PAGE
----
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October 08, 2021
Unholier Than Thou
Resurrection (with Samhita Mukhopadhyay)

In This Episode




Samhita Mukhopadhyay: That’s part of like, American culture in general, that moving home is considered failure. And in my culture, it’s seen as the most kind of dignified and respectful thing you can possibly do for your family.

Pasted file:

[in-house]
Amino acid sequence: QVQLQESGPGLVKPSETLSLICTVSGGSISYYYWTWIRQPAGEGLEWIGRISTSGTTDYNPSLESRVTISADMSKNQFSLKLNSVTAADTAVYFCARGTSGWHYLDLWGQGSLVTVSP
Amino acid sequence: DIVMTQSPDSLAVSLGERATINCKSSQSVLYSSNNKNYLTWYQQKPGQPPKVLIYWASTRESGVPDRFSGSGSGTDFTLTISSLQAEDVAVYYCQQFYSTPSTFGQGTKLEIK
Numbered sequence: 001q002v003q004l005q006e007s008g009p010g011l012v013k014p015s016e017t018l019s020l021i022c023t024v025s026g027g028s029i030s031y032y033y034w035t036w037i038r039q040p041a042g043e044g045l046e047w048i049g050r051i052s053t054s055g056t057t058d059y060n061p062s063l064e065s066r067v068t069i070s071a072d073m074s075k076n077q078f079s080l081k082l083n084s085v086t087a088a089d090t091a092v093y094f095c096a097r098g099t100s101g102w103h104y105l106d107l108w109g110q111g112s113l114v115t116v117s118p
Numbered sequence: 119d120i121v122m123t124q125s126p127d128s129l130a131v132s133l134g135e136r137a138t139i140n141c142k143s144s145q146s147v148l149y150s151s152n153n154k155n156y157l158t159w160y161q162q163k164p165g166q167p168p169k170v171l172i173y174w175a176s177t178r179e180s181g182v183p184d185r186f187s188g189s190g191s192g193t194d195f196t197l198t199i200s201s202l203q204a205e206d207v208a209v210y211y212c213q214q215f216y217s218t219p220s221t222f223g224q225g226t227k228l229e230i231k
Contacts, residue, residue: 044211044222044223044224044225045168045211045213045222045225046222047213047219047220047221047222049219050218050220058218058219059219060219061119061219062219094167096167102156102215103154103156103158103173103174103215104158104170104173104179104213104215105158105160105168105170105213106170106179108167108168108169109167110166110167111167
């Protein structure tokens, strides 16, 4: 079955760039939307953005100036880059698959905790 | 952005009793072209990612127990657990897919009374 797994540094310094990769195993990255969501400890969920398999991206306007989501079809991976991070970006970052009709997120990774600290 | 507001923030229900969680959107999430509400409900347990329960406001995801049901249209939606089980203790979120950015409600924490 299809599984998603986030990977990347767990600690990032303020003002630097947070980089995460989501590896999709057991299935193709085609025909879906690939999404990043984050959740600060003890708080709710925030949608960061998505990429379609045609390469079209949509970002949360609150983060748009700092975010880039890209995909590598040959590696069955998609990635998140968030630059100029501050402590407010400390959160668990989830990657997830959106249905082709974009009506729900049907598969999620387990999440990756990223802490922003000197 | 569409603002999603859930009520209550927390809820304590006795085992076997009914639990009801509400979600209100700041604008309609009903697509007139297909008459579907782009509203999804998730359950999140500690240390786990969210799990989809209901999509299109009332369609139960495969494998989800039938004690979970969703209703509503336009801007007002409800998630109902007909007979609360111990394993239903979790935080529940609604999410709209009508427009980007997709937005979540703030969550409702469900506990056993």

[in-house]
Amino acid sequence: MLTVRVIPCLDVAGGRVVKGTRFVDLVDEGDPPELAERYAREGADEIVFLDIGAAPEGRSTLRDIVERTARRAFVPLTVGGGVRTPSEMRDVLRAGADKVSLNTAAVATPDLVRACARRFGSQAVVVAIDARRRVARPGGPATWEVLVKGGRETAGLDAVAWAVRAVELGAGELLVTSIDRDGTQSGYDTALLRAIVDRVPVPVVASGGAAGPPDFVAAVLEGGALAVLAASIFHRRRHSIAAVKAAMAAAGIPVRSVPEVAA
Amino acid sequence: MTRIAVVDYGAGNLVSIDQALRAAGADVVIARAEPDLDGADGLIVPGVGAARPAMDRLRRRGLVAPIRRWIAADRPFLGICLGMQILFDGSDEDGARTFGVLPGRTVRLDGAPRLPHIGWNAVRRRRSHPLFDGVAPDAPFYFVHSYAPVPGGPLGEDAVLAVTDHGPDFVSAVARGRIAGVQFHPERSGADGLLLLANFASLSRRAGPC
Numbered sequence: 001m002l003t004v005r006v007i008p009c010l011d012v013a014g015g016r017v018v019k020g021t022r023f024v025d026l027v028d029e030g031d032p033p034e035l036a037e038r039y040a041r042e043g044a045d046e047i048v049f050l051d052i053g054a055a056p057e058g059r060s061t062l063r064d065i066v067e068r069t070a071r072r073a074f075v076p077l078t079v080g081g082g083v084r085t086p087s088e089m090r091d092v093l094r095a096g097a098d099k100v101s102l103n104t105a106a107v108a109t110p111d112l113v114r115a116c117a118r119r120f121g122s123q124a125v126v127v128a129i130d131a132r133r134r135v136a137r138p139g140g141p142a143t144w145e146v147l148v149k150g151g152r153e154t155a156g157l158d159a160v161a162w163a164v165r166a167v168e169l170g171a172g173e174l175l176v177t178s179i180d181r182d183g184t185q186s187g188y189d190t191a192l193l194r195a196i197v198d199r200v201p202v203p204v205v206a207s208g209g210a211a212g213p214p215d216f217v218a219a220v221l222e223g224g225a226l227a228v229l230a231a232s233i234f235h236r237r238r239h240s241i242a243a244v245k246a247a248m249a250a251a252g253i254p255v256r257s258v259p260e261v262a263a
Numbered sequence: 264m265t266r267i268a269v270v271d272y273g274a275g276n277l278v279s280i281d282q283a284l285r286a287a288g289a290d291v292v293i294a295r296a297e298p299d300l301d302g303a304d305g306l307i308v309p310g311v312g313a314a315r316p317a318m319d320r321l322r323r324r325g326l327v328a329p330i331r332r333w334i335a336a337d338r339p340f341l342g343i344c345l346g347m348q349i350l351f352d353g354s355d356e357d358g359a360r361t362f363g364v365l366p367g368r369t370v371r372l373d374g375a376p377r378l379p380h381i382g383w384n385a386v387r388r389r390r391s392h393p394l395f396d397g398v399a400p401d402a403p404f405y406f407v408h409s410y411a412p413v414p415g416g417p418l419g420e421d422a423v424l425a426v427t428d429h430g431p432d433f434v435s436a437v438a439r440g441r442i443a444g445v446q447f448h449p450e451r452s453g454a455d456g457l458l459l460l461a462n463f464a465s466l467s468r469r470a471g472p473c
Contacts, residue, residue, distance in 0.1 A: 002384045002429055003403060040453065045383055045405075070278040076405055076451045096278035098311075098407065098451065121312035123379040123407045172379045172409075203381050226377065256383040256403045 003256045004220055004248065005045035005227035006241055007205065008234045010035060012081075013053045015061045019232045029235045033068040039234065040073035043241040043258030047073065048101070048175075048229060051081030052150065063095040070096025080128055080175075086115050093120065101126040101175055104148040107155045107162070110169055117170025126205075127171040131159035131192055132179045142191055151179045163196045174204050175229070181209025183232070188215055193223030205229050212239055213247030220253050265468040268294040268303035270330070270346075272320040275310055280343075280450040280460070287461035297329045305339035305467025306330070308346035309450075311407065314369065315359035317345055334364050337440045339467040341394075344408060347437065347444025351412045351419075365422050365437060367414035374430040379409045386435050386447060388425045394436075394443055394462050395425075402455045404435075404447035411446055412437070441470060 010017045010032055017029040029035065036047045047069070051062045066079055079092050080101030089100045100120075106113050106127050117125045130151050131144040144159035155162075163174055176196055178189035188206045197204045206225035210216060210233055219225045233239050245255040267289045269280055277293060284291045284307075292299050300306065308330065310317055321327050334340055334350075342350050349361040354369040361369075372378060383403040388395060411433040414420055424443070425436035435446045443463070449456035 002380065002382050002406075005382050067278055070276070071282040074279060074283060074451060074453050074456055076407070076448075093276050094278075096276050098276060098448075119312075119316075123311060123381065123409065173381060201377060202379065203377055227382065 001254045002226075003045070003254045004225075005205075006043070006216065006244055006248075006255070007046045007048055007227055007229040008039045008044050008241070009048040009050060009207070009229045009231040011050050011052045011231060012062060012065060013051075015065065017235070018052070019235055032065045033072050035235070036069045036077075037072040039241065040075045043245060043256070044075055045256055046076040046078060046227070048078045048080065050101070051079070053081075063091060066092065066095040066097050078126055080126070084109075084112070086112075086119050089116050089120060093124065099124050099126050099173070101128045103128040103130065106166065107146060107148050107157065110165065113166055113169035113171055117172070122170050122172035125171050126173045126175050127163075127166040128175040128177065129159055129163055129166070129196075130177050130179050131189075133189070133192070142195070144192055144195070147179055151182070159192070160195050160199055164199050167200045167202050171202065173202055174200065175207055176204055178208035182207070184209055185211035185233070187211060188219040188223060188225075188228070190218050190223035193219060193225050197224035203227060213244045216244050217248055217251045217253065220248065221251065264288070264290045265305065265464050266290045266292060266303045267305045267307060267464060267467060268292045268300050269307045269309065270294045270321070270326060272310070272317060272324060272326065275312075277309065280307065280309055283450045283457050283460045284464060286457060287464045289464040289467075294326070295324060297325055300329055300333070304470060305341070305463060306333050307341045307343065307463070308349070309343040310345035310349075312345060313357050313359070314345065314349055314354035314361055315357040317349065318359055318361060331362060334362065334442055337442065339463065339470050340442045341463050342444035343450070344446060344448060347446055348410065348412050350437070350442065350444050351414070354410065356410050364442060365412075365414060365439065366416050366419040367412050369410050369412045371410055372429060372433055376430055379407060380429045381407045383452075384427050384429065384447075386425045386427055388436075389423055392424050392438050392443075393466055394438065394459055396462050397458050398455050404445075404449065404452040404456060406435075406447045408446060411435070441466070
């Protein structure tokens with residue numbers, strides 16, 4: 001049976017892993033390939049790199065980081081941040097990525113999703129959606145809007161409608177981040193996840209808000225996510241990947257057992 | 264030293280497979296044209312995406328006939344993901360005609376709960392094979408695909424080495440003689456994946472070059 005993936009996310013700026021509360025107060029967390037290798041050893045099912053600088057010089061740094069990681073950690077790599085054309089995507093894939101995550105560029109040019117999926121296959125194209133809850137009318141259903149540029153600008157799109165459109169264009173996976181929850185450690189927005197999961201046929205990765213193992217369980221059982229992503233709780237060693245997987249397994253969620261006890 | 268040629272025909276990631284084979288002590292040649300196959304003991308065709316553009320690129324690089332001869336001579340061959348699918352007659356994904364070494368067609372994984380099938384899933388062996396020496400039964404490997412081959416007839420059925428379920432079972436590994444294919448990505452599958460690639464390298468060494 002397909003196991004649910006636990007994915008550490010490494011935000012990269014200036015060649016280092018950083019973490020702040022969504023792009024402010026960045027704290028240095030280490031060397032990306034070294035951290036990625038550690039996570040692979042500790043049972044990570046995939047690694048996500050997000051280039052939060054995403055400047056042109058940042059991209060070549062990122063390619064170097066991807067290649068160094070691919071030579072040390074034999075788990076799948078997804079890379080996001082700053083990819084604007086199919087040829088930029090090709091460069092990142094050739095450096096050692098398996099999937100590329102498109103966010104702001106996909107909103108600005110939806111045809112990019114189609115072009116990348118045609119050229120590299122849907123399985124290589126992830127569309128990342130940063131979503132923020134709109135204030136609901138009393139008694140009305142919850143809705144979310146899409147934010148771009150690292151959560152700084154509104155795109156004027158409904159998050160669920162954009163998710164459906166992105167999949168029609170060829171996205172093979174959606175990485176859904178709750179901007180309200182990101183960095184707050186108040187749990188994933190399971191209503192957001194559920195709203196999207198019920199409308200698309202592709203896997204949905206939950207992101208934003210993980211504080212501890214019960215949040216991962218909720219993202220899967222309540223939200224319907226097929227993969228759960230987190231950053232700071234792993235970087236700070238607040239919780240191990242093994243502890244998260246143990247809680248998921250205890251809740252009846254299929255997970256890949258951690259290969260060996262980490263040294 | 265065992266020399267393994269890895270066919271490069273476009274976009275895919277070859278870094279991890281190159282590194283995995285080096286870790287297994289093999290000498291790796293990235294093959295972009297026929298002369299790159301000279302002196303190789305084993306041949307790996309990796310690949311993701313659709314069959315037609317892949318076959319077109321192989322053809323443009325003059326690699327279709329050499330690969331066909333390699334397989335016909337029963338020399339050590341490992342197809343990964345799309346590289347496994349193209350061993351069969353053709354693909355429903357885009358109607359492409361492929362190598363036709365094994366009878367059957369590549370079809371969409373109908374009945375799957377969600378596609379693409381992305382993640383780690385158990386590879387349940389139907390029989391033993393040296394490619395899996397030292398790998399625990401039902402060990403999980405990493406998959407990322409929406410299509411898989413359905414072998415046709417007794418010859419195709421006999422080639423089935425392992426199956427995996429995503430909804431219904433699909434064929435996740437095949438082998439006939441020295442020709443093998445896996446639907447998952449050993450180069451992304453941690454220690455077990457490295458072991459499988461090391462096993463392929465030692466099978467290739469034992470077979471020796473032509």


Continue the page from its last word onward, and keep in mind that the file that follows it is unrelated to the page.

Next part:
Phillip Picardi: From Crooked Media, this is Unholier Than Thou. And I’m your host, Phillip Picardi. All right, y’all, thank you for joining me for Season 2 of Unholier Than Thou. As the great Britney Spears once said: it’s been a while, I know I shouldn’t have kept you waiting, but I’m here now. And I promise I will send you a selfie with the big smile if you DM me and tell me which Britney song that is from. As I was preparing for Season 2 and of course, me and our lovely producers at Crooked were thinking really hard about what we wanted this season to be about, I kept on focusing on one word above all and that was ‘resurrection’. It felt to me as though we were hearing a lot of stories during the pandemic and towards the end of maybe phase one of this pandemic—who knows, of course, what the future holds for us as it relates to the coronavirus and its variants—but I did get to hear some really fascinating stories about people who made major or significant life choices, people who were faced with really, really hard circumstances and made the most of them, or dug deep into the wells of their strength and courage and found a way to persevere, or who used this time to simply just be more introspective and come to their own realizations about themselves, or maybe who use this time to connect more with family or from other people who had been estranged to them. There was something about being faced with constant death and constant tragedy that I think helped a lot of people to realize that maybe the lives they were living wasn’t exactly in tune with the kind of life they really were meant to or wanted to lead. And as I think about resurrection, you know, I can’t help but really mention my own story. I know all of you know, in December of 2019, I left my job as an Editor in Chief of magazines after being the Chief Content Officer of Teen Vogue, the Founding Editor of Them, I decided to leave magazines and I decided to get right with God, and I started that right here. And when I say, get right with God, I don’t mean I want to be religious, I just wanted to kind of settle the score from my upbringing and who I was told God was versus who I think I’m figuring out who God actually is. And this fall, just one year after moving to Los Angeles with my partner, I’m actually moving back to the East Coast and I’ll be attending Harvard Divinity School in their Masters of Religion and Public Life program. I’m one of 13 students accepted to this program and I’m really excited to be on Harvard’s campus, learning more about religion, spirituality and the role that it plays in the public sector. And of course, that role is both, as you all know from season one, a complicated one. It’s both good and bad. When I thought about resurrection in its purest form, even as I am hopefully heading towards, you know what I think is my own resurrection of sorts, I really was the most inspired by one of my best friends, Samhita Mukhopadhyay. Now I opened last season, episode one with an interview with the person I love the most in the world, which is my fiancé, Dr. Darien Sutton. Yes, because of the coronavirus pandemic, we are still not married, so, I’m hoping that happens fairly soon. But in the meantime, I’ll go to Harvard and we’ll figure the wedding plans out afterwards. I will keep you all posted, I promise, but I felt it was only appropriate that I open Season 2 with another one of the people that I love most in the world, and that really is Samhita. And Samhita, and I started to get to know each other when she became the Executive Editor of Teen Vogue when I was the Chief Content Officer. She was one of the most important hires I’ve ever made in my career, but really, what was most important about our relationship is the friendship that blossomed after I left Teen Vogue and was able to get to know her on a much more personal and intimate level. And she has quickly become one of the people that I treasure the most of my life, and I really admire and look up to in just a way that we only can with our best friends, you know what I mean? So, one of the things the pandemic really taught me is how much I value friendships and how much I actually needed to put more work into some of my friendships to make sure my friends knew the way that I felt about them. And so I’ve been grateful for the Facetimes and the voice memos and the various text messages that I’ve been able to share with friends to help nurture our relationships as we go. And with Samhita, we’ve been in constant contact because her life has gone through so many changes. And you will hear this in her own words pretty soon as the episode gets started, but Samhita made a couple of really big life changes during the pandemic. The first was that she gave up her life in Brooklyn, New York, and her apartment in New York, and moved in with her mom upstate. And she is still living with her mom upstate, and you’ll hear more about that in a sec. The second, of course, is that she decided after much anguish and agony to leave her job at Teen Vogue and to strike out on her own. And it’s an important revelation that she came to, because Samhita was able to trust in herself and find the strength in herself to really basically just understand and know that betting on herself would be the best bet she ever made. And you’ll hear more about why this was a spiritual decision that she had to make and what kind of healing and realization she’s come to along the way. I am endlessly inspired by Samhita’s story, and I hope all of you will be too. There’s a lot to learn here. And just a lot of love between the two of us that I hope you guys get to enjoy as much as I have. Thank you for listening. I’ll see you next week. And in the meantime, here is my interview with one of my best friends, Samhita Mukhopadhyay.